SAY Sample Candy Practice Schedule

Submitted by Kurt Kiessling, Coach and NWCCSAY Board Member


This is a guide and not the only way to run a practice.  We've taken the drills that we've seen work effectively at this age group and listed them below.  Use your best judgment regarding what works, but most importantly, have fun!!! 

Name Game (for use early in the season):  Sit in a circle, coach included, so you're at their eye level.  Each player says his/her name. In subsequent practices, ask the kids to state each others' names. It takes two or three weeks to learn names.

Simon Says:  Do this for ball drills, like pass the ball back and forth between their feet, toe taps, roll behinds, etc. Have fun with it - say sit on the ball, touch head to it, etc.

Ball Tag: Have them chase you and try to kick you with the ball. Mix in a sibling or parent

Freeze Dribble: Have them dribble around and you yell, "Freeze like a ____." Put in animals, Disney characters, etc.  Repeat several times.

Knockout: Put cones in a circle and everyone has a ball but one player. Player without ball tries to kick everyone's ball out. Use a theme such as Cinderella and the player w/out ball is wicked stepmother. Use Peter Pan/Capt Hook for boys.  Substitute in whatever kidís movie is in vogue. Also, when players get knocked out, get them right back in. They don't learn anything watching other kids dribble.  I let each kid take a turn at being a bad guy. That way everyone gets to work on dribbling and at taking the ball away.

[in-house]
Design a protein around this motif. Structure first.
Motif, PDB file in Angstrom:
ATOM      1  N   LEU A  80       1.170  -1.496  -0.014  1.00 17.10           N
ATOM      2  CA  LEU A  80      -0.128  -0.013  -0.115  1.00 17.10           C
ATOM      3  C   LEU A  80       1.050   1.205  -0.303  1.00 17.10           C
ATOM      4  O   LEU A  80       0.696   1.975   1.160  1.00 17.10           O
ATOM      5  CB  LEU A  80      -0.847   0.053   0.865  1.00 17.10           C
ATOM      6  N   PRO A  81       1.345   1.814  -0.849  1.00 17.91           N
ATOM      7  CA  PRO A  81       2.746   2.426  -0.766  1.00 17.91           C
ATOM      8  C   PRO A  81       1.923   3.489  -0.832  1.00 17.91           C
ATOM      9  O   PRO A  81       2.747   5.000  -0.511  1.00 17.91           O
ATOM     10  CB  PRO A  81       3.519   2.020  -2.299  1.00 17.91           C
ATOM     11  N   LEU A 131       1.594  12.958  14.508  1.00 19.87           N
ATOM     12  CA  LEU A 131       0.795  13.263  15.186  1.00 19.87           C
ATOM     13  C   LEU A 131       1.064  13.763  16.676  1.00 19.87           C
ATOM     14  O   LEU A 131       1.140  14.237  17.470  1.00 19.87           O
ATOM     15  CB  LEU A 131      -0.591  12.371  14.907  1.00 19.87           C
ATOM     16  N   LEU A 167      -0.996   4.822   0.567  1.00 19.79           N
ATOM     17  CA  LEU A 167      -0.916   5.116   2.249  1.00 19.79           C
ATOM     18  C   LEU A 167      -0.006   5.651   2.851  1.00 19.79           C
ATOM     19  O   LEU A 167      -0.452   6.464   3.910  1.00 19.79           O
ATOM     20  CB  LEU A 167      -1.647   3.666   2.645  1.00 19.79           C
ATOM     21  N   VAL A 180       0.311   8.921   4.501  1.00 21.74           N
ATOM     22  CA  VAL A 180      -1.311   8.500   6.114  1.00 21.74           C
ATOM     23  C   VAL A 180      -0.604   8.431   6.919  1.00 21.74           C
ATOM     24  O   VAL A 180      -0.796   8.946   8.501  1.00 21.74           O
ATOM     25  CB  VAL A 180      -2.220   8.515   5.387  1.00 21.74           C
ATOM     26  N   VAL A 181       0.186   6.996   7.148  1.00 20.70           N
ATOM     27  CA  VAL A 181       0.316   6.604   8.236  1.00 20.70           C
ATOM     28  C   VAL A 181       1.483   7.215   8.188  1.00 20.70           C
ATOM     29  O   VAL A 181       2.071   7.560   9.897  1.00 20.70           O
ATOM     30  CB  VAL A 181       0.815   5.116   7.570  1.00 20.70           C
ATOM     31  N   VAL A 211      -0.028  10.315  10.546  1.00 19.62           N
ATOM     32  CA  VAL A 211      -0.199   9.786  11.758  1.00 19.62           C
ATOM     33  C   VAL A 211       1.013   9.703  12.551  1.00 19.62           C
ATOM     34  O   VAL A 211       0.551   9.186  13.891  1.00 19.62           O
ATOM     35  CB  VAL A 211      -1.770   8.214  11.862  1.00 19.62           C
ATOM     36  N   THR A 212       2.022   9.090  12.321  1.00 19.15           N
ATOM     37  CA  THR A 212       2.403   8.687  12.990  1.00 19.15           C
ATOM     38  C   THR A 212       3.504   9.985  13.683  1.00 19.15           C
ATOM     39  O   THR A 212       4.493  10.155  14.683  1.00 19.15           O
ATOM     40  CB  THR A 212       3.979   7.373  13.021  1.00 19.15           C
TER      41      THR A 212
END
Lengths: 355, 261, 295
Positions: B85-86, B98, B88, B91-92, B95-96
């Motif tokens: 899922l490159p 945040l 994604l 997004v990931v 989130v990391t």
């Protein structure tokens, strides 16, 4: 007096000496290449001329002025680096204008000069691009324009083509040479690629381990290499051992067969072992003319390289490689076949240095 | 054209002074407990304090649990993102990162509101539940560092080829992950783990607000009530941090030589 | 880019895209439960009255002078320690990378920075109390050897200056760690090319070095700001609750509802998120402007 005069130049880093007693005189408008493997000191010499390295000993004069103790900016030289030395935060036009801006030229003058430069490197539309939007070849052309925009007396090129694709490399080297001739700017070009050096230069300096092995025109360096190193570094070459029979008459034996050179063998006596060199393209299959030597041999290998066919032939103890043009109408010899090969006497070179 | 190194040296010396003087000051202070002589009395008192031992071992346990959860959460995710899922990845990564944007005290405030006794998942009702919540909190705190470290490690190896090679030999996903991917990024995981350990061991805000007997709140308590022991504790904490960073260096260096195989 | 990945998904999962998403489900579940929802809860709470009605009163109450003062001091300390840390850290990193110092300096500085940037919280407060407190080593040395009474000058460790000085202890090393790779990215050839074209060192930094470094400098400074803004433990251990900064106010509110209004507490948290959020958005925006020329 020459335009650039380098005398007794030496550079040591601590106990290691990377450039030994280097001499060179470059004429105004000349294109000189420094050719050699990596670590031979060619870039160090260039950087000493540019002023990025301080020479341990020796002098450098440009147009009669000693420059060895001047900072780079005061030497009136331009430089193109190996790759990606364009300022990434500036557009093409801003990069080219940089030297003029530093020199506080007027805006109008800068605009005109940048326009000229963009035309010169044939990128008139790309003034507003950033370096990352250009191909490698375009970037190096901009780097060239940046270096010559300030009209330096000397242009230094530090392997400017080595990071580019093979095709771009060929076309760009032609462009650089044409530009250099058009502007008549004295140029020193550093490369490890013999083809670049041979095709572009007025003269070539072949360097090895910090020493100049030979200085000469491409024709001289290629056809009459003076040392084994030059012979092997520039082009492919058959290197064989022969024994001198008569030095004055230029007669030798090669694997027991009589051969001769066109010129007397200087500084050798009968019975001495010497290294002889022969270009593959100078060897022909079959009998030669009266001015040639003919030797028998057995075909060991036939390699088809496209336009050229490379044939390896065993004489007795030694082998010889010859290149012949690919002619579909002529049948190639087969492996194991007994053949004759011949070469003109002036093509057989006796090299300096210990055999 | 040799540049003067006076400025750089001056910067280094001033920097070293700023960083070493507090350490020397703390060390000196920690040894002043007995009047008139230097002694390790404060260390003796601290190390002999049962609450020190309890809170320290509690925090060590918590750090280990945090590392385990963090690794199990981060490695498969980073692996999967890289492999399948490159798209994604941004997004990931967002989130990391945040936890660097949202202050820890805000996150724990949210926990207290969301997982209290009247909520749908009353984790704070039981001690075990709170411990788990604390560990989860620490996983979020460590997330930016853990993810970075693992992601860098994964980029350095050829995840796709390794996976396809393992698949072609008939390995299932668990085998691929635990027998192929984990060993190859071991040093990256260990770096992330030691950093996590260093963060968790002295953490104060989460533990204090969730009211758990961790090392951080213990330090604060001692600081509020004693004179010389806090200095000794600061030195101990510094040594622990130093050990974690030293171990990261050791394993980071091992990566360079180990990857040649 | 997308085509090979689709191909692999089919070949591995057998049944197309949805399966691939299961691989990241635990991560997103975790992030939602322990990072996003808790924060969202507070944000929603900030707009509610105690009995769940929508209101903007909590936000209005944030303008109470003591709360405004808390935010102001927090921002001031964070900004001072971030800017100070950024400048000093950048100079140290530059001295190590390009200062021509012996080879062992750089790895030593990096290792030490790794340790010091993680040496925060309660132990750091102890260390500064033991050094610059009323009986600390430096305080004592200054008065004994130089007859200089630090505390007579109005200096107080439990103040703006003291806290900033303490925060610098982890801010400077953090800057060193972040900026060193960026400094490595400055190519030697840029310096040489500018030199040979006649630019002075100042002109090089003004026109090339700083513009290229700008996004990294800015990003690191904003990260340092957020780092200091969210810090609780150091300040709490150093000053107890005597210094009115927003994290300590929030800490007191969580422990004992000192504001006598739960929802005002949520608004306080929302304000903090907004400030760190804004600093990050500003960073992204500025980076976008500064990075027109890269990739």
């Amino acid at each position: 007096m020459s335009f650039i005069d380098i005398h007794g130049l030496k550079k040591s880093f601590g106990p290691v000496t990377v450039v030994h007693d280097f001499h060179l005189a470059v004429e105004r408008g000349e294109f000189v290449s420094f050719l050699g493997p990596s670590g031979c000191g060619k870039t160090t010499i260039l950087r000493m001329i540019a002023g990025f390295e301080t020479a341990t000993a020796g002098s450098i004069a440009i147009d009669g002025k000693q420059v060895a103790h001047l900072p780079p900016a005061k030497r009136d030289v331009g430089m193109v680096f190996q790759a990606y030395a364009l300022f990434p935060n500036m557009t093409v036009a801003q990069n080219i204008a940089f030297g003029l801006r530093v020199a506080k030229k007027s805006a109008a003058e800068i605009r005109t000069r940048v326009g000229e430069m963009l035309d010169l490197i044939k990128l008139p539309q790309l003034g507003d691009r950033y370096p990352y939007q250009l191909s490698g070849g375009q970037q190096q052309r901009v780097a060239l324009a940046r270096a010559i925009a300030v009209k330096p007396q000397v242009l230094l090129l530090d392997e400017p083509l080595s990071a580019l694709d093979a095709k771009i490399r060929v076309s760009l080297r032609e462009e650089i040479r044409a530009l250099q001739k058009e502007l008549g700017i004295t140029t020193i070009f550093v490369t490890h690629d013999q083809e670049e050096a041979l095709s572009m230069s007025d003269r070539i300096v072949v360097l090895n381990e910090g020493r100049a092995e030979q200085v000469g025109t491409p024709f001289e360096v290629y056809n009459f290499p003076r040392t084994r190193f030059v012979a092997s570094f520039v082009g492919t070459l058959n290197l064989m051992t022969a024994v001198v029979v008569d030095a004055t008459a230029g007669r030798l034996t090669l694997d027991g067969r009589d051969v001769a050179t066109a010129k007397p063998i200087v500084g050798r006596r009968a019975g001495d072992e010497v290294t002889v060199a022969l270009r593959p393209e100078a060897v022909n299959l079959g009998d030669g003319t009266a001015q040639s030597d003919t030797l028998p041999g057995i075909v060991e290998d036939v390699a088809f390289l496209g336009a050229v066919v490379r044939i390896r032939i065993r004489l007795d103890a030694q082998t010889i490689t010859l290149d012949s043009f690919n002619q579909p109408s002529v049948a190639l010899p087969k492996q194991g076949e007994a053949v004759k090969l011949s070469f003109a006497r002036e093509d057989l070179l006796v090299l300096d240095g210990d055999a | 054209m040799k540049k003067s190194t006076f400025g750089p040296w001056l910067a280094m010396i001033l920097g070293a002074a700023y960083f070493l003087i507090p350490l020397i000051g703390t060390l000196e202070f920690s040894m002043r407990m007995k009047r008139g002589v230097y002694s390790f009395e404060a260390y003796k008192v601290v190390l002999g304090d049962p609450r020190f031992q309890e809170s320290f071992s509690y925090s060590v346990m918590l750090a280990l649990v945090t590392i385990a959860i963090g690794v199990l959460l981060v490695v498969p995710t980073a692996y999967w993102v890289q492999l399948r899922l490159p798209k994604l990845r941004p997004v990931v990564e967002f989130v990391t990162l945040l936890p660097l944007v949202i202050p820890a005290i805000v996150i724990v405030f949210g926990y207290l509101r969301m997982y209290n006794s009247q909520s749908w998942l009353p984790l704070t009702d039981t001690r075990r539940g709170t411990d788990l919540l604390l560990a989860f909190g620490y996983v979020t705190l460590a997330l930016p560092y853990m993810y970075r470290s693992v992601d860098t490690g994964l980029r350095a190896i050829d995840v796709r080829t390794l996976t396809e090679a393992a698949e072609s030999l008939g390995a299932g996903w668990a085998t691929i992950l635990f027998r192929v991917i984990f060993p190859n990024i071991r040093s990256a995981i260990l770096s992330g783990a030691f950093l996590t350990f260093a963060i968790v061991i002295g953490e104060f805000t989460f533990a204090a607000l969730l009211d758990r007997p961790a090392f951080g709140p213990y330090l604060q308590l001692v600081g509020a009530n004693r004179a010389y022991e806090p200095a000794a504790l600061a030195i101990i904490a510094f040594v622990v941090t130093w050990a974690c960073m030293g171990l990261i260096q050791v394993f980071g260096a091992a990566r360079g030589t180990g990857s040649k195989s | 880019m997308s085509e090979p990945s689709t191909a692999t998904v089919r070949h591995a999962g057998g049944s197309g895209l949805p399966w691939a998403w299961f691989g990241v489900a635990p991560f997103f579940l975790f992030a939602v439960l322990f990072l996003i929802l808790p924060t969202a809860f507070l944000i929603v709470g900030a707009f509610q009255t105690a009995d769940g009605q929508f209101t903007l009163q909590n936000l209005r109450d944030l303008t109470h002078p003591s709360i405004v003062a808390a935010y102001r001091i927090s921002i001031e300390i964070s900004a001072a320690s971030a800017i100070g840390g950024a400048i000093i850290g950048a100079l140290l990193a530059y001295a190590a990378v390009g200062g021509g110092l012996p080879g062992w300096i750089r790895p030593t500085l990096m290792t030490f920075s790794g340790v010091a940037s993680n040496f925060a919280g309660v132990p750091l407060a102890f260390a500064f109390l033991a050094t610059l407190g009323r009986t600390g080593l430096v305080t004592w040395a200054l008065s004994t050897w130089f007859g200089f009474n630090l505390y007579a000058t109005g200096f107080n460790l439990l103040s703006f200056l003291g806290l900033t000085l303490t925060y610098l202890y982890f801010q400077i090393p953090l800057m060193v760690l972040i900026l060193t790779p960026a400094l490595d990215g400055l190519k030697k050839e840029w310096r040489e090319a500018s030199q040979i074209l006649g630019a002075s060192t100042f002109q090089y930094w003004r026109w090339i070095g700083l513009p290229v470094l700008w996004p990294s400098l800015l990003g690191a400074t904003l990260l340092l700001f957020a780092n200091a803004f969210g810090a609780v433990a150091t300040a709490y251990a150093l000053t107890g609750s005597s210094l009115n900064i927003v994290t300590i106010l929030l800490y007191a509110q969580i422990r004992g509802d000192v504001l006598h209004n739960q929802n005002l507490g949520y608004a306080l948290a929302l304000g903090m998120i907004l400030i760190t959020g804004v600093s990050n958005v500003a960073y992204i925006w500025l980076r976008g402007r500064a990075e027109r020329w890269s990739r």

Sharks and Minnows: Minnows must dribble through sharks to get to the other side. Mix in parents and siblings.

Scrimmage: End practice with this so they get game-like scenarios.

Throw Ins: I don't teach this until the week of the first game. Curl up like a turtle and have them throw at you. They like it.

H20: Give lots of breaks, they dehydrate quickly.

Game Management: I rotate kickoffs, throw ins, goal/corner kicks to ensure touches. Keep track of who starts and who is captain at coin toss, so all get a turn.

Other Thoughts: At this age, if you get them going in the right direction, youíre doing well. Sometimes it is hard for kids to be aggressive at first. They've been socialized to share, share, share and now parents and coaches are encouraging them to take a ball away from someone else. It takes some time to get used to it. Also, kids with older siblings who play soccer have had more exposure, so they're often ahead at first, but the others catch up quite quickly.

Thanks for being a coach, it is a lot of fun!


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